At Italy On This Day you will read about events and festivals, about important moments in history, and about the people who have made Italy the country it is today, and where they came from. Italy is a country rich in art and music, fashion and design, food and wine, sporting achievement and political diversity. Italy On This Day provides fascinating insights to help you enjoy it all the more.

Friday, 14 July 2017

Palmiro Togliatti – politician

Communist leader gunned down near Italian parliament


The Communist leader Palmiro  Togliatti, pictured in 1950
The Communist leader Palmiro
Togliatti, pictured in 1950
The leader of the Italian Communist Party, Palmiro Togliatti, was shot three times on this day in 1948 near Palazzo Montecitorio in Rome.

Togliatti was seriously wounded and for several days it was not certain that he would survive, causing a political crisis in Italy.

Three months before the shooting, Togliatti had led the Communists in the first democratic election in Italy after the Second World War, which would elect the first Republican parliament.  He lost to the Christian Democrats after a confrontational campaign in which the United States played a big part, viewing Togliatti as a Cold War enemy.

On July 14, Togliatti was shot three times near the Parliament building. It was described as an assassination attempt, the perpetrator of which was named as Antonio Pallante, an anti-Communist student with mental health problems. While the Communist leader’s life hung in the balance a general strike was called.

He eventually recovered and was able to continue as head of the party until his death in 1964.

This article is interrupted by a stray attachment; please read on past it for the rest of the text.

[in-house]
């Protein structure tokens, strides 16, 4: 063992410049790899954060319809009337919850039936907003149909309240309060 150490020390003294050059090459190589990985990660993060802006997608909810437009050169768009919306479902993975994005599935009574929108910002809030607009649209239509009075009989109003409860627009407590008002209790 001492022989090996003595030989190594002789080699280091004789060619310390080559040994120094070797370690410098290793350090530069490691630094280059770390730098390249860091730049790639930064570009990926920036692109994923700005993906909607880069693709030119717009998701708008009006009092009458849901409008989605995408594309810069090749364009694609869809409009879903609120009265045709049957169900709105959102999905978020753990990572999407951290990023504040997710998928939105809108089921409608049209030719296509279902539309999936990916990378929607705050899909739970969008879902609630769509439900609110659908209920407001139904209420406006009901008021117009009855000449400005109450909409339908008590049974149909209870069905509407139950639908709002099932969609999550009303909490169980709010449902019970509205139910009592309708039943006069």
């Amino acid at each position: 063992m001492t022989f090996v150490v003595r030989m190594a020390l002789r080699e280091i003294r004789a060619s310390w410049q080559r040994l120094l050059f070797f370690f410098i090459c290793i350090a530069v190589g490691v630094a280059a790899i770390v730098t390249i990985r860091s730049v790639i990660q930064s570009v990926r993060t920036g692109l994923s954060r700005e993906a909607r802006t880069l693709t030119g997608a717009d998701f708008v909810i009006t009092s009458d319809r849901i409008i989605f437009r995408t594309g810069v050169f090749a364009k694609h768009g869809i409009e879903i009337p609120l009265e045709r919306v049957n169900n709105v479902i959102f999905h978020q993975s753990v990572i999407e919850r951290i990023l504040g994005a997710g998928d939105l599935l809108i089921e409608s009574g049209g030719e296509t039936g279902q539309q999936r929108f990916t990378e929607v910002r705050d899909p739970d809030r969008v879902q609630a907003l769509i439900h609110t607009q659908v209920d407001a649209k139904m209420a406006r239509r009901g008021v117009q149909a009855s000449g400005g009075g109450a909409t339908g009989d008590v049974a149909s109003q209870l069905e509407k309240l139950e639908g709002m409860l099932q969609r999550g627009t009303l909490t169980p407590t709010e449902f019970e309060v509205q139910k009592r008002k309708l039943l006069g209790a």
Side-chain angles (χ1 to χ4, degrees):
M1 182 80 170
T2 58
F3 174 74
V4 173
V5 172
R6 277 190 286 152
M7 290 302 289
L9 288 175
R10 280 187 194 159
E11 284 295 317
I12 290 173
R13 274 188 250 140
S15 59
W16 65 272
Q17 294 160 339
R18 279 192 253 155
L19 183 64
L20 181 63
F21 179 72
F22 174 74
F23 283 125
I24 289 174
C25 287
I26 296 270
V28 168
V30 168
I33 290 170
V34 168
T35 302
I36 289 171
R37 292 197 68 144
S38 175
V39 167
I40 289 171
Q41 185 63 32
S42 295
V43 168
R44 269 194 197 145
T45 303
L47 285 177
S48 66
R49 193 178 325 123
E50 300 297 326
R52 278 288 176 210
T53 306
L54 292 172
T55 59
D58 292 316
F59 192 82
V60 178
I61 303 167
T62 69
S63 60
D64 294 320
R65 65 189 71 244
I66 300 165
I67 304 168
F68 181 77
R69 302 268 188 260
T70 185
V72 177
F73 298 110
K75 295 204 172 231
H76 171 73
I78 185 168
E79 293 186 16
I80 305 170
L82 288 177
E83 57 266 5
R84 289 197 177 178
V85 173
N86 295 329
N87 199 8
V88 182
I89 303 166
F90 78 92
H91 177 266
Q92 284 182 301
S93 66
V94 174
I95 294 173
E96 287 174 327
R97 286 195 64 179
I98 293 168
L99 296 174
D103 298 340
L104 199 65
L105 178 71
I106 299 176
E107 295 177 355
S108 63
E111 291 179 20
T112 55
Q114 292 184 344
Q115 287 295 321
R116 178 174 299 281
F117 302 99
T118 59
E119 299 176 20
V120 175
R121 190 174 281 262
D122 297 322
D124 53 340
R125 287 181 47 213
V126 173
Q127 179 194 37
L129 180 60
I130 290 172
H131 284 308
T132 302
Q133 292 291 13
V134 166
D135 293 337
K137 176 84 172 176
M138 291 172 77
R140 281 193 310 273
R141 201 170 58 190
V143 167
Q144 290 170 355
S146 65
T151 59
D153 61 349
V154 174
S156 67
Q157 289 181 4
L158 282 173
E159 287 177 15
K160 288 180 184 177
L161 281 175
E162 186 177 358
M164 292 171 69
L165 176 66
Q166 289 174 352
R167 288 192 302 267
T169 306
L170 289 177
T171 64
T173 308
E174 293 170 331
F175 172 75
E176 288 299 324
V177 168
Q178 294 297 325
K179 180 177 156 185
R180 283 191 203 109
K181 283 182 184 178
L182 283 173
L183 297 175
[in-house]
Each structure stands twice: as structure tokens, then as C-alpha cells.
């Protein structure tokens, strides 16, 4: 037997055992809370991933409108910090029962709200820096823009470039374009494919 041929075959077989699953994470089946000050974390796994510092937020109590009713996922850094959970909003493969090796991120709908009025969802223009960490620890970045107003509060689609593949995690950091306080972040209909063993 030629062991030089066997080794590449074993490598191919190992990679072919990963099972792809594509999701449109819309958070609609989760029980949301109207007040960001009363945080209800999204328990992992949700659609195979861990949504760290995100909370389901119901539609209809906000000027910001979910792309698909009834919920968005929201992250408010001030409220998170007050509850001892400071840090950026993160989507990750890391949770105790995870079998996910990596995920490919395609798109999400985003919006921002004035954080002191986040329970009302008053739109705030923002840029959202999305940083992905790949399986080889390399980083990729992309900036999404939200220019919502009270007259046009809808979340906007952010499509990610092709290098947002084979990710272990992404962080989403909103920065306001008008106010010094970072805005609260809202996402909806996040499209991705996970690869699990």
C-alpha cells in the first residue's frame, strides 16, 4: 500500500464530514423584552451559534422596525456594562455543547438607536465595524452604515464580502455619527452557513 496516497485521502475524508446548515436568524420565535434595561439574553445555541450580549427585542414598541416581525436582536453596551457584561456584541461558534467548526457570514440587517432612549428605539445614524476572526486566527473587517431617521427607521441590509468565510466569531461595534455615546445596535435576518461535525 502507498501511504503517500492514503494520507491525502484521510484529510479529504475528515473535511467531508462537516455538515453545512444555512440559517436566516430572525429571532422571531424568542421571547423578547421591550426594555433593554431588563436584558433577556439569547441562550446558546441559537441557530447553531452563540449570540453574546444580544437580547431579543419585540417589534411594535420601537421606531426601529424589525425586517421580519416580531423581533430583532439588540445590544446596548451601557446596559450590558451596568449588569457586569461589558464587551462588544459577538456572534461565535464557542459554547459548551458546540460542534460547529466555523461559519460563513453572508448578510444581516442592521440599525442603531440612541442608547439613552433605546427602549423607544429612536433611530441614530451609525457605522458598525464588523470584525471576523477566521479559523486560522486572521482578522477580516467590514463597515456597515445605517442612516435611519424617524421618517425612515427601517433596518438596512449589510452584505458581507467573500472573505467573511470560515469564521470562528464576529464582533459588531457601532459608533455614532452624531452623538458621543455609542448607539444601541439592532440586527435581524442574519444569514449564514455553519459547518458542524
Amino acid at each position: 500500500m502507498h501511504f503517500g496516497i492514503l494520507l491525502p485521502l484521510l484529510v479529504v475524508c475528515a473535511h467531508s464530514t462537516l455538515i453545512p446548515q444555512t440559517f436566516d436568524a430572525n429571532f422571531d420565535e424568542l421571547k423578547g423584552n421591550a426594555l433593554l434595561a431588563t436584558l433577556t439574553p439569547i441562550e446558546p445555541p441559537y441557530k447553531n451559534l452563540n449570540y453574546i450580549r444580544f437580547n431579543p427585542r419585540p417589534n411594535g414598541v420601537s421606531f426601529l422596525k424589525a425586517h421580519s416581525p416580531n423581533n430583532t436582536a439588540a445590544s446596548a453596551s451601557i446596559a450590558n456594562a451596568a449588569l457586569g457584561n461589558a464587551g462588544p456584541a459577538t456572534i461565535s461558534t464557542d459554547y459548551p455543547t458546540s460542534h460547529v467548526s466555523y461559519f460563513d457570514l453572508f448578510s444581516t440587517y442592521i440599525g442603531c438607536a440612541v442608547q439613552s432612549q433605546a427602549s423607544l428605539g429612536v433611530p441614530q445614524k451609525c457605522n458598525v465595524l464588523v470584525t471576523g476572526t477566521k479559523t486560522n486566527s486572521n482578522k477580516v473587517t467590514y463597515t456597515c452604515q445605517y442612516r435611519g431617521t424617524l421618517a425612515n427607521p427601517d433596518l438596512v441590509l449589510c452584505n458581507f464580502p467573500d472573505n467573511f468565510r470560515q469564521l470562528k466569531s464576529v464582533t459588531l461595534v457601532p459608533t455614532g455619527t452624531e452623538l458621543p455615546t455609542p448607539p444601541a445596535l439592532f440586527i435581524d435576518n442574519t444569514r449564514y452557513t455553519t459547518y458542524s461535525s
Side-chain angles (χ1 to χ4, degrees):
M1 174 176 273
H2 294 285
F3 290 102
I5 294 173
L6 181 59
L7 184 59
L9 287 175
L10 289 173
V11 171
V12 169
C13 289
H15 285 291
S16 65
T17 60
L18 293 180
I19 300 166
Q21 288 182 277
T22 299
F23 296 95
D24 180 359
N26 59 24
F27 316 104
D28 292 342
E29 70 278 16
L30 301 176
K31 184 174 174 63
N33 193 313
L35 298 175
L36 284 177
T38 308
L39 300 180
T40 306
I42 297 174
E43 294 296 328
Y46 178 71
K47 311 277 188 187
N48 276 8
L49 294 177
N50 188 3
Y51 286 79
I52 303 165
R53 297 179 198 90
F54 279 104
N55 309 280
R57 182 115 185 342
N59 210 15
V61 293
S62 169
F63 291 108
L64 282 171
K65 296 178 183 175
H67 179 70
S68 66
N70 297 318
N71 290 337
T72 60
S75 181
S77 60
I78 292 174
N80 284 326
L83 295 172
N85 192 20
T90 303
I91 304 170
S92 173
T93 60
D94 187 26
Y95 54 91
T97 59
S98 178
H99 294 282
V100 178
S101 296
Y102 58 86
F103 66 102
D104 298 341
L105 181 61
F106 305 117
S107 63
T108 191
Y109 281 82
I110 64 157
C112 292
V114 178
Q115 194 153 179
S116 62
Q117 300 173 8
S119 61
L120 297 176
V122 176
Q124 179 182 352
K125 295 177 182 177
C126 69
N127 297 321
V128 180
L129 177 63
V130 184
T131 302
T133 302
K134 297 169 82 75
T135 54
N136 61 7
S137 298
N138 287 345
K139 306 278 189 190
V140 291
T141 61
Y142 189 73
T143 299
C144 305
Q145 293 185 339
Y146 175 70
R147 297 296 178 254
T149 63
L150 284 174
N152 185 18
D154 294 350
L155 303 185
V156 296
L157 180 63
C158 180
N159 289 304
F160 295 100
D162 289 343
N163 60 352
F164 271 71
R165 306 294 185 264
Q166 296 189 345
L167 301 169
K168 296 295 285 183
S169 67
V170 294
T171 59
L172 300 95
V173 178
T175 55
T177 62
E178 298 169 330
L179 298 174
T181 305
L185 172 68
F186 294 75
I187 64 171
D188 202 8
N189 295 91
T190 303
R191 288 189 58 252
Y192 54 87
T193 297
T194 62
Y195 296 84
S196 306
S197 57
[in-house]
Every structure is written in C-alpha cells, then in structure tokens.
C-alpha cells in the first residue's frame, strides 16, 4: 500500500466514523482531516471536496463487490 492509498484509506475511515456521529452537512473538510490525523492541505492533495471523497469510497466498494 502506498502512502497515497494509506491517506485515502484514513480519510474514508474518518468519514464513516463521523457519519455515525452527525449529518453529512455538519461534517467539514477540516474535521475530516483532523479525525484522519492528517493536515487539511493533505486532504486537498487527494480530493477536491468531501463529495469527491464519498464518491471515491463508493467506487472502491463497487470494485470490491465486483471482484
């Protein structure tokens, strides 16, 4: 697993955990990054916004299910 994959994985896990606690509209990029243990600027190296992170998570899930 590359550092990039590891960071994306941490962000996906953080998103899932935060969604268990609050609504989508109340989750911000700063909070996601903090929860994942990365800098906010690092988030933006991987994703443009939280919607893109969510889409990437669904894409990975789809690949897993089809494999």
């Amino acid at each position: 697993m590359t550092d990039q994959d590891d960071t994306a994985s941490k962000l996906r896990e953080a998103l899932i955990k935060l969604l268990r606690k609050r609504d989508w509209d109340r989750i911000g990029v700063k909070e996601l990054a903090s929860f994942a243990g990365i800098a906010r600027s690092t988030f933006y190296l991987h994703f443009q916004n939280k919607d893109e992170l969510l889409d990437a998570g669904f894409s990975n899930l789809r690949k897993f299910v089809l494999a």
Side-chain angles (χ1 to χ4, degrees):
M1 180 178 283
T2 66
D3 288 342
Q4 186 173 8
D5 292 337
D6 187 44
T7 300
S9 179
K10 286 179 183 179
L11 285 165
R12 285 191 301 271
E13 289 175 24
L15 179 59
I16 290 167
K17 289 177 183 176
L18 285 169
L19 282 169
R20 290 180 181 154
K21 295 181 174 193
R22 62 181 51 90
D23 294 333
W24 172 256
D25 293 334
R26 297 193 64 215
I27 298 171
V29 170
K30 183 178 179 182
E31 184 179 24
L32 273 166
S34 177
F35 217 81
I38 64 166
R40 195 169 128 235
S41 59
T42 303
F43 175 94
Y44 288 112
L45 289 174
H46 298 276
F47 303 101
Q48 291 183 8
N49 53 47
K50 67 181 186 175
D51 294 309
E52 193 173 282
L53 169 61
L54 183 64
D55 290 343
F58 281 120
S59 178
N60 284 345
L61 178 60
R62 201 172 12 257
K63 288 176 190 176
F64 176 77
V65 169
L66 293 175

Togliatti was born in Genoa in 1893. He was named Palmiro because he was born on a Palm Sunday.

Togliatti, pictured with the surgeon, Pietro Valdoni, who saved his life, recovers in hospital after the assassination attempt.
Togliatti, pictured with the surgeon, Pietro Valdoni, who saved
his life, recovers in hospital after the assassination attempt.
His father, Antonio, was an accountant and the family had to move frequently because of his job.  When his father died of cancer in 2011, the family struggled financially, but with the help of a scholarship, Togliatti was able to graduate in law from the University of Turin in 1917.

He served as a volunteer officer during the First World War but was wounded in action and sent home.

Togliatti became part of the group that gathered around Antonio Gramsci’s L’Ordine Nuovo newspaper in Turin. He was an admirer of the Russian Revolution and helped Gramsci refocus the newspaper to be a revolutionary voice. The newspaper supported the general strike of 1921 and began to be published daily.

A member of the Communist faction within the Italian Socialist Party, Togliatti was one of the founders of the Italian Communist Party in 1921.

The young Togliatti, pictured in about 1920
The young Togliatti, pictured in about 1920
In 1922, Fascist leader Benito Mussolini took advantage of the general strike and demanded that the Government should either give political power to the Fascist Party or face a coup. The Fascists demanded the resignation of Prime Minister Luigi Facta.

King Victor Emmanuel III had to choose between the Fascists and the anti-monarchist Socialists. He picked the Fascists and appointed Mussolini as Prime Minister.